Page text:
Solar Photovoltaic (PV) Systems convert light from the sun into electricity. Solar cells produce direct current (DC) electricity from light, which can be used to power DC equipment or to recharge a battery.
The basic photovoltaic cell produces only a small amount of power. Cells can be interconnected to form modules, which can, in turn, be connected to arrays to create yet more energy. Because of this modularity, photovoltaic systems can be designed to meet any electrical requirement, no matter how large or how small.
Adding batteries to your photovoltaic system will also provide a secure backup source of electricity for your home. An inverter is required to convert the DC electricity to alternating current (AC) electricity to power almost all uses of electricity in the home.
Factors that affect the cost-effectiveness of a photovoltaic system
Depending on your specific need and location, some factors affect cost-effectiveness, including:
System Size – Because of economies of scale, large systems cost less per watt than small systems.
Installation Complexity – More complex installations, including mounting systems on racks, working around obstructions, or on tile roofs can be more expensive.
System Production – Installing your system at the optimal orientation and tilt will maximize system production. The more energy your system produces over time, the lower the cost per kilowatt-hour.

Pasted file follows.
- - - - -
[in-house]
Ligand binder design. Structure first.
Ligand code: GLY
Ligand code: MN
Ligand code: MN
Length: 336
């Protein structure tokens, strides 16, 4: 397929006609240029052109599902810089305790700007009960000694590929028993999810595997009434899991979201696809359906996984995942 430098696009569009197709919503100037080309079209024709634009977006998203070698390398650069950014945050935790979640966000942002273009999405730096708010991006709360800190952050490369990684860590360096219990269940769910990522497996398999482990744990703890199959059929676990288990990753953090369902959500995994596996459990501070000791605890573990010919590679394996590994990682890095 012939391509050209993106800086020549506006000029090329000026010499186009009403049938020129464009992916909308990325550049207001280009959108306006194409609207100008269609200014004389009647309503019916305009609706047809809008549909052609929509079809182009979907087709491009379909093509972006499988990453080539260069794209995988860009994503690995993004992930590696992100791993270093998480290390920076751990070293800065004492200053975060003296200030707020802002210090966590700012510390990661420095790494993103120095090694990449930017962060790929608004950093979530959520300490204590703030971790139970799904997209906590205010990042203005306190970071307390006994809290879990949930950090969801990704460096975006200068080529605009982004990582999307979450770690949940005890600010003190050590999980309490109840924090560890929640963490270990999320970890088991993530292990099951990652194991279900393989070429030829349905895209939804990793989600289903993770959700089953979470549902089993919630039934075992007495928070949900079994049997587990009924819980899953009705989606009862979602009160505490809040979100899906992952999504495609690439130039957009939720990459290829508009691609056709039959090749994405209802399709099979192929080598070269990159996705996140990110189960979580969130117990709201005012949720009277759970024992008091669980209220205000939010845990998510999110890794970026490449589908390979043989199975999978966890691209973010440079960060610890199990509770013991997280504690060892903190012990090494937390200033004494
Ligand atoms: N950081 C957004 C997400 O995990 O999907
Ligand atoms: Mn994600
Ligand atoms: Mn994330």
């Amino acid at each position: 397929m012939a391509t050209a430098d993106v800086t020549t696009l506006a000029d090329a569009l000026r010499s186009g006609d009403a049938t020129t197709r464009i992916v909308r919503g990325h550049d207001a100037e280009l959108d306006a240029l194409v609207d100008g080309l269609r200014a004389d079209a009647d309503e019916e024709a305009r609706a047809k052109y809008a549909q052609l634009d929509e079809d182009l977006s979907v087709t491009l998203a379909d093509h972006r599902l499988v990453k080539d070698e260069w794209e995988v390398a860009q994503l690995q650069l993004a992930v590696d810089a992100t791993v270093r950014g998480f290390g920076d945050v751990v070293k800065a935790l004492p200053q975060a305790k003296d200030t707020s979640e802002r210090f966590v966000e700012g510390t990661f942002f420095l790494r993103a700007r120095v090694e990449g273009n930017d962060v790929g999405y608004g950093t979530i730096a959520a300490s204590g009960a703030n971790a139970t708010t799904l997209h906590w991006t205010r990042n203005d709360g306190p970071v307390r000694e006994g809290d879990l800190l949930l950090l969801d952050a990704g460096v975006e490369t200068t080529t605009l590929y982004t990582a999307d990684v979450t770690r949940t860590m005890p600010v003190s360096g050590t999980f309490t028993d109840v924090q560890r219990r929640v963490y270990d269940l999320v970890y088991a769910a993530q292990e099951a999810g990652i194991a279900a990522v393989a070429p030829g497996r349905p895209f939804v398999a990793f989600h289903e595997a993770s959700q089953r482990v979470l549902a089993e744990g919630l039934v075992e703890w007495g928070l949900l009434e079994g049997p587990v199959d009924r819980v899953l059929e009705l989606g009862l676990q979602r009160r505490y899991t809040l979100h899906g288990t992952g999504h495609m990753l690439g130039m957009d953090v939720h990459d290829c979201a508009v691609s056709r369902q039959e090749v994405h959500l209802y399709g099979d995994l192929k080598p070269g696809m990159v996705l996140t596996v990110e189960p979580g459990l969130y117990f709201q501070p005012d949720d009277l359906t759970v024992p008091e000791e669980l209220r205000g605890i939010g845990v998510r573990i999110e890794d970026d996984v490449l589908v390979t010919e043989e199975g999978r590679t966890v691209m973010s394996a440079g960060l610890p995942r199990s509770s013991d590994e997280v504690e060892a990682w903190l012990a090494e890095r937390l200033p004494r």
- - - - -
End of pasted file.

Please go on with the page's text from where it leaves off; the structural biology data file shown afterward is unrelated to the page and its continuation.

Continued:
Operation and Maintenance – Compared to other distributed energy technologies, operation, and maintenance costs of photovoltaic systems are relatively low. Costs may include occasional cleaning of photovoltaic modules, regular visual inspections, and possible repair or replacement of the inverter and components after some years.
Financial Incentives – Federal tax credits and other incentives may be available to help lower the effective costs of investments in photovoltaic systems.
Do you own your home?
You must own the property.
Does a significant portion of your roof face south?
Ideally, panels should face south.
Is your roof in good condition?
Your roof must be able to support a solar system installation.
Does your property get full sun or have only minimal shading by trees, buildings, and other structures?
A solar-powered system needs as much exposure to the sun as possible to be cost-effective.
Is your property free from deed restrictions on solar energy systems?
Check with your homeowner's association. If there are restrictions, you may be able to pursue an architectural review with your neighborhood association to amend the restrictions.
Do you have access to funds needed and is the payback period acceptable?
Special financing is available through our HomePlus Loan Program. See sample cost projections at www.find-solar.org.
If you answered yes to all of the questions above a solar-powered system may be right for you!
You can find valuable information regarding system variances, sizing, and return on investment (ROI) tools at www.find-solar.org and approved contractors at https://www.nabcep.org/nabcep-professionals/.
If you answered no to any of these questions, Cooperative Solar might be right for you!
Download and review the Distributed Generation Policy.
Submit the following to Central Georgia EMC at least forty-five (45) days before the intended interconnect date.
Application for Interconnection of Distributed Generation Facility (DGF)-Appendix A of Distributed Generation Policy
$100 application fee
DGF Interconnection Agreement -Appendix B of Distributed Generation Policy
A representative from Central Georgia EMC will review the Application and notify the prospective customer-generator within thirty (30) days after the approval of the Application.